The central area of the cell block is directly underneath the opening on the ground floor. Several long halls branch off from the central area in several directions for 500 feet in different directions like spokes in a wheel. Should the dragon escape its cell, it still has a far way to travel down a cramped hall before it can use its breath weapon. These halls have adamantine gates every 100 feet which were meant to be slammed down and locked in case of a dragon escape. The central room also features a psychic net which can be activated from the guardhouse in the ground level to subdue any escaping dragons.

The prison’s most powerful construct guardians roam the halls of the cell block level, ready to destroy any intruders who might free the dragons. Traps which affect the mind and cripple intruders with necrotic, psychic, and radiant damage are found on the bars of every cell and along every hall.

The bars of each cell neutralize any spell or attack which deals acid, cold, fire, lightning, poison, or thunder damage as well as any breath weapon which passes through them. Standing in front of the bars allows a person to see everywhere within the cell. Aberrations would stand at the bars and torture dragon prisoners using their psychic abilities. The dragons had no place to hide. Sometimes the dragons would die during these interrogations and their massive bodies would often be left in the cell until the prison ran out of space and the cell was needed for a new captive.

While the prisons were made to hold dragons, others might be contained within the cells. On Verda, tieflings might be held within some of the cells if they were captured alongside their dragon allies and the same might be the case for shardminds on Findalay or Parian. Even traitorous aberrations or morchia could be contained within the cells. The cells have also been used to hold objects of great value since the prisons are so well guarded.

Now that thousands of years have passed, each cell block floor could be different from prison to prison. The magic in a cell’s bars might have weakened or malfunctioned allowing a dragon to escape. The freed dragon still cannot leave the prison because of the magical barrier above, but might have liberated its dragon allies, or kept them locked up to torture for entertainment, or have reprogrammed the constructs to follow all of its orders. The life-sustaining magic of the demiplane could become corrupt and raise the fallen corpse of a dragon turning it into a dracolich. What have dragons done to their cells in the thousands of years of solitude? Were they driven mad? Did they have some way to cast spells or practice magic? How might they react to people? These decisions are all up to the DM.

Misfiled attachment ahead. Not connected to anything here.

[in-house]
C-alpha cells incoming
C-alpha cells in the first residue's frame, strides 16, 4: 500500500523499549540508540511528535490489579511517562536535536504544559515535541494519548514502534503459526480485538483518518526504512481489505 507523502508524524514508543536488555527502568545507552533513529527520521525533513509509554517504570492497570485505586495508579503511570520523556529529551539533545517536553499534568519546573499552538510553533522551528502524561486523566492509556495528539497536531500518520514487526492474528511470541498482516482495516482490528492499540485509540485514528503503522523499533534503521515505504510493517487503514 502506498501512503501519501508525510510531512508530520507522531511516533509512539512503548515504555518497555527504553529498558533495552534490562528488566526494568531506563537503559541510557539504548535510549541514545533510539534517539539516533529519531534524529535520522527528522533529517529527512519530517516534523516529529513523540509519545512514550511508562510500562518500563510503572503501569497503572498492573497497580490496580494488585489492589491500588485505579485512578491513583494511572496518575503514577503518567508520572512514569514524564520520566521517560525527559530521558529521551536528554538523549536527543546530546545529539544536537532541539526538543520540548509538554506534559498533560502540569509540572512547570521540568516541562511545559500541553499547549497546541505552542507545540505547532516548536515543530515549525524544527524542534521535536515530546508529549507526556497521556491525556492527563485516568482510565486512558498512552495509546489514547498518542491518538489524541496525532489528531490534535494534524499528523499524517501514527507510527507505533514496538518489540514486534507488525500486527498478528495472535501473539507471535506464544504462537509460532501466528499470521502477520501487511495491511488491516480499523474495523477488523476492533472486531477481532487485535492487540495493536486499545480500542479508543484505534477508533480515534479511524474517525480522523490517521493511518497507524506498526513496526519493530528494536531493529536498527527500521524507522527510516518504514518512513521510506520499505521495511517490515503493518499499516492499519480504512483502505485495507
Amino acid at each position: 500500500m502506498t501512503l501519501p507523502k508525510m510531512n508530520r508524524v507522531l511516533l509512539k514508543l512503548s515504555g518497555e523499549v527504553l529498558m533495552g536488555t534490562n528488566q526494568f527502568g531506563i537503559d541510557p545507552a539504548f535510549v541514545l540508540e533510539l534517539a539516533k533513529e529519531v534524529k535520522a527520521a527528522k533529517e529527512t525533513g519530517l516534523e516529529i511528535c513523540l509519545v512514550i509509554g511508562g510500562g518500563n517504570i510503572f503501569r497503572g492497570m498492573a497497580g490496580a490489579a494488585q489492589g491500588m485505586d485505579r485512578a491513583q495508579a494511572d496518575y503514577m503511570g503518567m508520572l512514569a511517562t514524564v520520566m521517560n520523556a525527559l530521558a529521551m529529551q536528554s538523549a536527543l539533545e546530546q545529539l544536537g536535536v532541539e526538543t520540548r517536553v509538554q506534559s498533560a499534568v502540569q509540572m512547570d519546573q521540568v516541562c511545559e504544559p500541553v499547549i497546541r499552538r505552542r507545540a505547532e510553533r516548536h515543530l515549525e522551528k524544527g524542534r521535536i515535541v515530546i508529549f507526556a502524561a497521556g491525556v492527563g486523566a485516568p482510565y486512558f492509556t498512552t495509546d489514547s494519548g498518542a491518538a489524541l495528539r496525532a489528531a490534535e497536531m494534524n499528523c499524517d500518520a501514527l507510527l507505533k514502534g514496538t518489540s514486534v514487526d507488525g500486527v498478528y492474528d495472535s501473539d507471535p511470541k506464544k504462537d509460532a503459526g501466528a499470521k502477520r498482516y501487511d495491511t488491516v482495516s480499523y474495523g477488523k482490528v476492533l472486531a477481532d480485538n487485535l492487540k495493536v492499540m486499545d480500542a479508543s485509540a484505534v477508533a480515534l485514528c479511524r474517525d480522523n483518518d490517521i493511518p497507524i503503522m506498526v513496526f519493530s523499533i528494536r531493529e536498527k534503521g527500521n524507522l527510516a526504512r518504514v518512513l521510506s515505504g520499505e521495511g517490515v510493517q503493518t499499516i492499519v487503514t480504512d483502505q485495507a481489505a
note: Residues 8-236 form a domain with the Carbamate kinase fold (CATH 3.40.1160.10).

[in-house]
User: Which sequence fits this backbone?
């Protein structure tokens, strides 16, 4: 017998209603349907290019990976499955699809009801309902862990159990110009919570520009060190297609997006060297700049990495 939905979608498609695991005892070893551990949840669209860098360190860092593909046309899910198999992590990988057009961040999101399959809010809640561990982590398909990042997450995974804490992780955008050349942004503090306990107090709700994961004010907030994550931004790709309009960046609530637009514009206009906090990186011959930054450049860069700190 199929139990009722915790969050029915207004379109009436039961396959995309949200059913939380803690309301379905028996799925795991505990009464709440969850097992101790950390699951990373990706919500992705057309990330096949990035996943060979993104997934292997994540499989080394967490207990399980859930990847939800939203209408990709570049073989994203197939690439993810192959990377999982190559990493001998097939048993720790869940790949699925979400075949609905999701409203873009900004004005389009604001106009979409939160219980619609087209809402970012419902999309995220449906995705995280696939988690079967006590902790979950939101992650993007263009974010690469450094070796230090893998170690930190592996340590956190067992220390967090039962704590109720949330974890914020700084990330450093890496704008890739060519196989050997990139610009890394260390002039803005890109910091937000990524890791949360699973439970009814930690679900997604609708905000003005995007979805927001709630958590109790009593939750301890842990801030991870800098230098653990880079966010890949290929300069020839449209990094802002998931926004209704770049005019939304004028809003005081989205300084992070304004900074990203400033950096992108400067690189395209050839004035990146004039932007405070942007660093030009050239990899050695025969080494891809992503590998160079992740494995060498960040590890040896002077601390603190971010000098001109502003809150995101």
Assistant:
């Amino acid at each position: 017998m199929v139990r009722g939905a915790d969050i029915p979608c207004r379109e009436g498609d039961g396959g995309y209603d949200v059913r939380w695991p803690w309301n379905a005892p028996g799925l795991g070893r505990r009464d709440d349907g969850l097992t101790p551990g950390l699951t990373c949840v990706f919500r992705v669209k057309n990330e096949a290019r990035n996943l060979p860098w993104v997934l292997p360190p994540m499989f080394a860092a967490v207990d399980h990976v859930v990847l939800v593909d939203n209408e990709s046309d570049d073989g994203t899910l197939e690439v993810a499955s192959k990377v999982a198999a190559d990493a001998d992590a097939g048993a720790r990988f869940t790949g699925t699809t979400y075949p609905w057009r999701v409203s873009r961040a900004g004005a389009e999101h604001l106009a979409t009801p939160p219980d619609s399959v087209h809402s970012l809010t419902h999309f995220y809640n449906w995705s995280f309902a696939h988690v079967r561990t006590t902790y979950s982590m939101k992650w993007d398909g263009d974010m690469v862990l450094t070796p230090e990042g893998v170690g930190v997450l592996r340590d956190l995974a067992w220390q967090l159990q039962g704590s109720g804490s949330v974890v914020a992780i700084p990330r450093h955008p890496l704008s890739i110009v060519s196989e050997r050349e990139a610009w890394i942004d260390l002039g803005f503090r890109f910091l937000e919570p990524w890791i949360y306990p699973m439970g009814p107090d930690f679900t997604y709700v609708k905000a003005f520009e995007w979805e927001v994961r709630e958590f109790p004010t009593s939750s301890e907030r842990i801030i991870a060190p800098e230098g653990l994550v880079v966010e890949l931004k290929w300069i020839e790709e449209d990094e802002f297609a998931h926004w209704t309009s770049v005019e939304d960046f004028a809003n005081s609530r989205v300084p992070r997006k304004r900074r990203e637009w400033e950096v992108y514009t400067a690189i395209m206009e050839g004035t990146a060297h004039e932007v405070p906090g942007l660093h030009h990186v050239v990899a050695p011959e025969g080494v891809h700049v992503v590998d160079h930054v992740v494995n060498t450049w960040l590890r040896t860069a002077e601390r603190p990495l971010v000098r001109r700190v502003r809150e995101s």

Keep It Rollin’

I actually like this dragon prison thing so much, I’m going to build one for you level by level. Maybe at the end of it all I’ll give you guys the whole dungeon in a PDF. Next time!

If you like what you’re reading, please check out my podcasts on The Tome Show, follow me on Twitter, tell your friends and share this blog post, and/or leave me a comment and let me know you think. Thanks!

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Comments
  1. Sounds like the perfect setup for a “Rescue the dragon(s)” adventure/campaign.

    I had another idea that this would combine well with, where taking inspiration from the region effects around a dragon’s lair to the next level. Dragons have a lot more effect on stabilizing and energizing the natural world, and the immediate region around their lair is just the most obvious effects. But dragons are disappearing/being slain which is causing devastating problems in the world, and the PCs need to find out and stop whoever is doing it. The aberrations behind those prisons would be perfect for being the ones behind the whole thing.

    Liked by 1 person

  2. LumberJack says:

    Campaign Idea – Ancient Red Wyrm (obvious choice I know but they’re Iconic blah, blah, blah) was killed and its massive body left behind in one of the prisons – Life sustaining magic goes wrong turns it into a Dracolich – Takes over that prison’s constructs but the same malfunction in the life sustaining magic also means the barrier cannot be turned off – Although it cannot leave its prison it starts to send out the constructs to find all of the other keys/prisons and free its brethren gathering an army to turn against the Aberrants as the last 1000 years have consumed the Dracolich with thoughts of vengeance – The aberrants have caught on and are trying to relocate the keys in order to permanently close the gates of the demi-planes, but first want to bring the constructs to the Prime Material Plane to aid them in taking back the surface – The coming war will spell disaster for all other life on Canus and so our intrepid party must sally forth in order to collect the keys, stopping both the Dracolich and the Aberrants from their nefarious plans. Crazy magical loot, treasure, and whatnot abound for all involved.

    (And if you think that was an elaborate set-up to use the phrase “nefarious plans” well . . . you aren’t wrong)

    Liked by 1 person

  3. […] James Introcaso was the most prolific contributor this month, supplying us with a series about a prison for dragons: […]